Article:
Clinical Information

In this section, I present some ad-hoc thoughts mainly on clinical management issues. There is no attempt to offer a comprehensive guide to Psychiaty. There is plenty of academic information readily available that provides such a service.

Some thoughts about the management of Depression and the use of genetic testing.

During my professional lifetime, Psychiatry has fundamentally remained a clinically descriptive specialty and in truth, special investigations have rarely helped in diagnosis. Somewhat ritually, we arrange haematology, urea & electrolytes, liver function tests and thyroid function; occasionally there are some incidental abnormalities.

There are a few drugs we use that require close monitoring but these are very much specialist use only. Apart from Lithium level and thyroid function, special pathological investigations have little practical use in the management of routine psychiatric disorders.

Treatment resistant depression is one of the most serious clinical situations referred to me and, I expect most other psychiatrists, because there is everything to play for.  Get it right, recovery is the prize; if not, catastrophe.

Medication almost always has a critically important part to play with this group of patients.  Invariably, they have tried two or more without success; until recently, I have had to impress on the patient and their families the critical importance of working through the medication in a methodical fashion, hoping that eventually an effective anti-depressant will be found for them.

Genetic testing does not improve the efficacy of medication of course; what it does is ensure that we don’t prescribe something that is going to be ineffective because of the patient’s biological make-up.  It also can explain why previous prescriptions and treatment plans have not been helpful and under these circumstances, the patient finds it reassuring, because they now have an explanation for why they are no better.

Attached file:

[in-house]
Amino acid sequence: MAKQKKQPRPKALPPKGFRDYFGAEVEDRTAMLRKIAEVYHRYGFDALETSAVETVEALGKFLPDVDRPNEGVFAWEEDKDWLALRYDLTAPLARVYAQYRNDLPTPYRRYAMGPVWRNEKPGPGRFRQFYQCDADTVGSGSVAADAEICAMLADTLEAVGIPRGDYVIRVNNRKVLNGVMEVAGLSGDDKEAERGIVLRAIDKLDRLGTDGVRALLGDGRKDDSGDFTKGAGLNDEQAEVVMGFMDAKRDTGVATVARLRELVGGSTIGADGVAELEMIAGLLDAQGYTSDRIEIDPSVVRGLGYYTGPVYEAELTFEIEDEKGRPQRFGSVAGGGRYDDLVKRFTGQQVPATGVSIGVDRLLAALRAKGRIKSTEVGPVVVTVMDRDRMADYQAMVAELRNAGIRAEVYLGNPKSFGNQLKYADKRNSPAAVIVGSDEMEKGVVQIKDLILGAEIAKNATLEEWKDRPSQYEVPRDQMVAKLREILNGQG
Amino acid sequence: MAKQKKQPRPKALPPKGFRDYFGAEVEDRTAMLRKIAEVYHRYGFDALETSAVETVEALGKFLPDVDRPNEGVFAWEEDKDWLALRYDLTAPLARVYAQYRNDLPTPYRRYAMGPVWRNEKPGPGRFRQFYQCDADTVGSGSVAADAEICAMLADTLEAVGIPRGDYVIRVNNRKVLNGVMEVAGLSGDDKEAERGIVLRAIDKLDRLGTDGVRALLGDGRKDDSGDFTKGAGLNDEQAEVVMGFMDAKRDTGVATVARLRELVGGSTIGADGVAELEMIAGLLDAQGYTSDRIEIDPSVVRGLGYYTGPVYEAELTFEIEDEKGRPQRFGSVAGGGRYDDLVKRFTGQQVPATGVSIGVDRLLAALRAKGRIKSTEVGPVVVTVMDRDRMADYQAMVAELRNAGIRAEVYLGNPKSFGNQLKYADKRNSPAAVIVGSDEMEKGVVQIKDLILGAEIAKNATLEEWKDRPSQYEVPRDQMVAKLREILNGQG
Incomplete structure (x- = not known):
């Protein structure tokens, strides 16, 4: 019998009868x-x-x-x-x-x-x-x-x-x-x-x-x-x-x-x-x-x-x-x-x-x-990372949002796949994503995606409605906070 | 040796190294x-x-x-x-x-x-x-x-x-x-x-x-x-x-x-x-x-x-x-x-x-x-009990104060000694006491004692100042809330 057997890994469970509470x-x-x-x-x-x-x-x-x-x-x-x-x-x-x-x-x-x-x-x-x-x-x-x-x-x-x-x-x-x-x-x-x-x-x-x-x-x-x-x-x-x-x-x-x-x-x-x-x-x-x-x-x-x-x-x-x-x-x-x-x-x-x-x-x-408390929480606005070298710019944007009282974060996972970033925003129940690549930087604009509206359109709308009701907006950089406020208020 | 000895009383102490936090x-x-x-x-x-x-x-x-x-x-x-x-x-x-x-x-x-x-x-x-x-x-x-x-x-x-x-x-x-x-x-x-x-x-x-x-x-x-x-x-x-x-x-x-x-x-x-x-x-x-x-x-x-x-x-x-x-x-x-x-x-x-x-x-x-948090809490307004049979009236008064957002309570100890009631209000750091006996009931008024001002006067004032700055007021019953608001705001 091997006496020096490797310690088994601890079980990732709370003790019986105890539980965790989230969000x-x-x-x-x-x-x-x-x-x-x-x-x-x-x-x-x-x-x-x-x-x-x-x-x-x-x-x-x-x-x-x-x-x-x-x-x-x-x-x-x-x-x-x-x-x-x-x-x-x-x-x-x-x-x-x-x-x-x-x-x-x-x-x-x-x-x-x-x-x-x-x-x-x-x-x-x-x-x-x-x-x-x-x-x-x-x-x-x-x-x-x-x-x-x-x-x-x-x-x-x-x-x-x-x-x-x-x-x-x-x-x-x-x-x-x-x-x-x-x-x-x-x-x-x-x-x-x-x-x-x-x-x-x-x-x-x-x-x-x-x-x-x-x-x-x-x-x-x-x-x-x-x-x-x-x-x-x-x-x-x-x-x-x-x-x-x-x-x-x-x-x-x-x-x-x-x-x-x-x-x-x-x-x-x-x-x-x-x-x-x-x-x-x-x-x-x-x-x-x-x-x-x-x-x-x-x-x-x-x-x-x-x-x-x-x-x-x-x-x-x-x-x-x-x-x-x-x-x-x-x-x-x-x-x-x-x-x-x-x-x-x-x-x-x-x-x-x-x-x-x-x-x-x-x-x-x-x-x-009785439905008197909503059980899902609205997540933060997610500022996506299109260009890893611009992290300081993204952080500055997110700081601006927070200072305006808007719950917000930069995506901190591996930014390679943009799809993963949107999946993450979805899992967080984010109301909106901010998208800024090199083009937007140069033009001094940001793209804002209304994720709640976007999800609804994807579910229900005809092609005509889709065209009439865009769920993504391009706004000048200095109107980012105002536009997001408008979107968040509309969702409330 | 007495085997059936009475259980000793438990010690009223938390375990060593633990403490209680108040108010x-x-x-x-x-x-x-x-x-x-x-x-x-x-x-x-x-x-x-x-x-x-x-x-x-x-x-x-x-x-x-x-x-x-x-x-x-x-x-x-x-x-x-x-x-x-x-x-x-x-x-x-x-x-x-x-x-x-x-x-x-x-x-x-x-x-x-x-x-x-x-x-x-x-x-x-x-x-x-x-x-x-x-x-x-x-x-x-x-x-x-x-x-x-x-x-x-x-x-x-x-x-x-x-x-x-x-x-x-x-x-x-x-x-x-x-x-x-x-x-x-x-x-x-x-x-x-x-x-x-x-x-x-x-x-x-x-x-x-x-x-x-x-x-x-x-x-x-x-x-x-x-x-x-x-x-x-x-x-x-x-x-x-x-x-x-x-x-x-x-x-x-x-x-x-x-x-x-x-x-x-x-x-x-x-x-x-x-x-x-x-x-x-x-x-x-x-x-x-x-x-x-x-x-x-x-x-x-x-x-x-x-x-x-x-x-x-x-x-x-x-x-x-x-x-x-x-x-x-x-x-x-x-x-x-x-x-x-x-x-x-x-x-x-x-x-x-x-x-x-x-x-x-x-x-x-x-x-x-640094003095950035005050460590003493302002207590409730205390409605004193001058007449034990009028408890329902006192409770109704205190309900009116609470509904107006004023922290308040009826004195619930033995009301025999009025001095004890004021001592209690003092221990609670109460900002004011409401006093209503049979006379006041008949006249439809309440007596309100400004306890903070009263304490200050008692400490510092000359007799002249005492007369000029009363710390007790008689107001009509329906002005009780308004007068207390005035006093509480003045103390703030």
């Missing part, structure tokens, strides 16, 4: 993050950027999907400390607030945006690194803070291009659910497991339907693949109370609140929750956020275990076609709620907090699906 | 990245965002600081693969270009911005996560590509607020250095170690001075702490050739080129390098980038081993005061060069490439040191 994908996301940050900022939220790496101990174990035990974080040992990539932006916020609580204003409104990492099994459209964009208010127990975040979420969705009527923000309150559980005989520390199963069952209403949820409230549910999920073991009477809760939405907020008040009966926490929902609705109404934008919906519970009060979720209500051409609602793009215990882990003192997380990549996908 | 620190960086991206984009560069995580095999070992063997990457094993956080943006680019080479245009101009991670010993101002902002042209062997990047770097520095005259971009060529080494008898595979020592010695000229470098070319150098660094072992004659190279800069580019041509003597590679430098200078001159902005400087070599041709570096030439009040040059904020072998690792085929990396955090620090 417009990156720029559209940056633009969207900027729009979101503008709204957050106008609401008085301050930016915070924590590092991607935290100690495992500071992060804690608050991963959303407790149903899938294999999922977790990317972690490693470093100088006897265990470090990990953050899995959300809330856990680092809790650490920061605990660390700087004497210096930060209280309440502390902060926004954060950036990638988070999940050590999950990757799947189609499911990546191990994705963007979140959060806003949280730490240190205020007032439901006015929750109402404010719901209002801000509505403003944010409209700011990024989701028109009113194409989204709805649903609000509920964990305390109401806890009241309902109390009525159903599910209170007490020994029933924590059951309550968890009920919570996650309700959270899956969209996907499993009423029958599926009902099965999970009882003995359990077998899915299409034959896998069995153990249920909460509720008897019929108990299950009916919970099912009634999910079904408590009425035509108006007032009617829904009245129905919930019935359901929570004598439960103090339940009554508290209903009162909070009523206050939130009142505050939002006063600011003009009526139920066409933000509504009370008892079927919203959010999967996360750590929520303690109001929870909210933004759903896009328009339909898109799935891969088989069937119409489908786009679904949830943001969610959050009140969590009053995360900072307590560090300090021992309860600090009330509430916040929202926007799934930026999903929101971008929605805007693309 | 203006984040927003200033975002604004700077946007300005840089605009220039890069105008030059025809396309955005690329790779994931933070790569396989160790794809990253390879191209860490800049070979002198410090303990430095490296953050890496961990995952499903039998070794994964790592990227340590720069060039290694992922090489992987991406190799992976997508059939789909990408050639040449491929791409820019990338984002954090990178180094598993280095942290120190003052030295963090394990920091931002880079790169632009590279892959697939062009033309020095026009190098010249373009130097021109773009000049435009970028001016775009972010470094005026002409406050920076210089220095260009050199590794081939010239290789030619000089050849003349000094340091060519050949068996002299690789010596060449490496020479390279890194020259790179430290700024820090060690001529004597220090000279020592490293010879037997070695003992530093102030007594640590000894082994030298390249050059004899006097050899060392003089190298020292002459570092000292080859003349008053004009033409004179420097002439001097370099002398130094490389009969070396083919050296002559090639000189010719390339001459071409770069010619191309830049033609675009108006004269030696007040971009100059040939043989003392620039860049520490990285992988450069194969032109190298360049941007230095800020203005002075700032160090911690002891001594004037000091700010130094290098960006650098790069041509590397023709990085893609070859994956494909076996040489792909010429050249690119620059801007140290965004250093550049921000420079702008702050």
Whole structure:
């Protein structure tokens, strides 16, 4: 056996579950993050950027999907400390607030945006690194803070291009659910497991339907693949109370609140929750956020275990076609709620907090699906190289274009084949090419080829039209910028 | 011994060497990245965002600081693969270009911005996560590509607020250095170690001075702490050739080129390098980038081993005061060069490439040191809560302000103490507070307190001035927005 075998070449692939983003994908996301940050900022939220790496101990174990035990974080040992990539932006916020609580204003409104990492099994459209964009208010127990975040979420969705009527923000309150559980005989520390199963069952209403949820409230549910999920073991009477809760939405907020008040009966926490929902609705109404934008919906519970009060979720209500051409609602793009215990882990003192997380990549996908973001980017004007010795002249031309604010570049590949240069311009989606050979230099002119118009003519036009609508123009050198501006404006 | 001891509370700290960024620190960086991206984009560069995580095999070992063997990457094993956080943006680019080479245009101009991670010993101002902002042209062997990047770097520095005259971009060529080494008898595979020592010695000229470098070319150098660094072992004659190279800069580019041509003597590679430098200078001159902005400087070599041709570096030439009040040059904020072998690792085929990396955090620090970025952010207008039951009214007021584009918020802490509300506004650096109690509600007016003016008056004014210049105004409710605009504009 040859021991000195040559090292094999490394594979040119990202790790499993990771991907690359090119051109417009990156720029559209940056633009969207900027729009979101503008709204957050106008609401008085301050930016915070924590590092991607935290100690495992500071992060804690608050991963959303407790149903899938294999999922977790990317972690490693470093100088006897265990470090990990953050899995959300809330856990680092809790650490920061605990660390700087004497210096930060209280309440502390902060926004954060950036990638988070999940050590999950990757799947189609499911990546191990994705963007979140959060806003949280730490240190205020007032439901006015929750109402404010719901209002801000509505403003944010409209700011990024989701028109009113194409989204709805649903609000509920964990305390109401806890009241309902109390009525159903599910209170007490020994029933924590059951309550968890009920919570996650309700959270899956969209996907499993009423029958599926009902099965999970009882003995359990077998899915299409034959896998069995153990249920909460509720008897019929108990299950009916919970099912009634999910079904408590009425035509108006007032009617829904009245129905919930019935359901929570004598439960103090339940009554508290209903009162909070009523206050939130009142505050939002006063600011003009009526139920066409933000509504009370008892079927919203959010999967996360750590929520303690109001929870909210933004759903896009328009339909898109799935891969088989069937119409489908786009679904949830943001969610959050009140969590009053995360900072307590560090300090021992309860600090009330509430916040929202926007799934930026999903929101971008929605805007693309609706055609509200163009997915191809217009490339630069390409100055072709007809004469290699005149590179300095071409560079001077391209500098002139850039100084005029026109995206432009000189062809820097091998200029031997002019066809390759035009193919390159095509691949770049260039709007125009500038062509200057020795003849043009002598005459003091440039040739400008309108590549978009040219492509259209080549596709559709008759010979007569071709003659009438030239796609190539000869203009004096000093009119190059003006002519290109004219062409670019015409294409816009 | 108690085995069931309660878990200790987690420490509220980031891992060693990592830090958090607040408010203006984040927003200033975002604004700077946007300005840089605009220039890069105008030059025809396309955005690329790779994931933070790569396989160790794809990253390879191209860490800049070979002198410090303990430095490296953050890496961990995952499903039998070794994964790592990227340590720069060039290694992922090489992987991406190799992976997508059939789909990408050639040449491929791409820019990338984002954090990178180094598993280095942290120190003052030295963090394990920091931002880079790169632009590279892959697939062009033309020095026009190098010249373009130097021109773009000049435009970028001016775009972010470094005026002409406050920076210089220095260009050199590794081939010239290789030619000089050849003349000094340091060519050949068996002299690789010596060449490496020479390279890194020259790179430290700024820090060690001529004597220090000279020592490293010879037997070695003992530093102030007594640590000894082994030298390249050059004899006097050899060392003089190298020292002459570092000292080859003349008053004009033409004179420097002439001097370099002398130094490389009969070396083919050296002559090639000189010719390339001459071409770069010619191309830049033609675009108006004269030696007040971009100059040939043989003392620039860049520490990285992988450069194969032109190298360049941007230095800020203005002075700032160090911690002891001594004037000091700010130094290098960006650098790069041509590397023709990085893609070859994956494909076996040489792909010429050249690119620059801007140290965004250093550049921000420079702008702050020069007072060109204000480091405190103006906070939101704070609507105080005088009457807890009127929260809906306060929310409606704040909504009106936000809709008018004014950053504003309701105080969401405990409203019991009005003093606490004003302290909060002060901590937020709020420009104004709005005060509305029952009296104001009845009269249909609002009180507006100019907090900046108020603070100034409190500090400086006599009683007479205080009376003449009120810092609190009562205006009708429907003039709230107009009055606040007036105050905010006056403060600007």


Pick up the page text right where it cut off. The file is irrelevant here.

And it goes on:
Testing at the moment is relatively expensive, but whenever I have suggested it to the family, they have been happy to pay for it.  Remarkably, the results have always informed prescribing which puts me in the fortunate position of only suggesting the medication to which they are likely to respond; and for the most part, they do.

I am confident that soon every patient, who is described as treatment resistant, will have genetic testing.  It is a simple and effective investigation and in my experience, with every single patient, it has facilitated effective management, enhanced the instillation of hope and saved lives.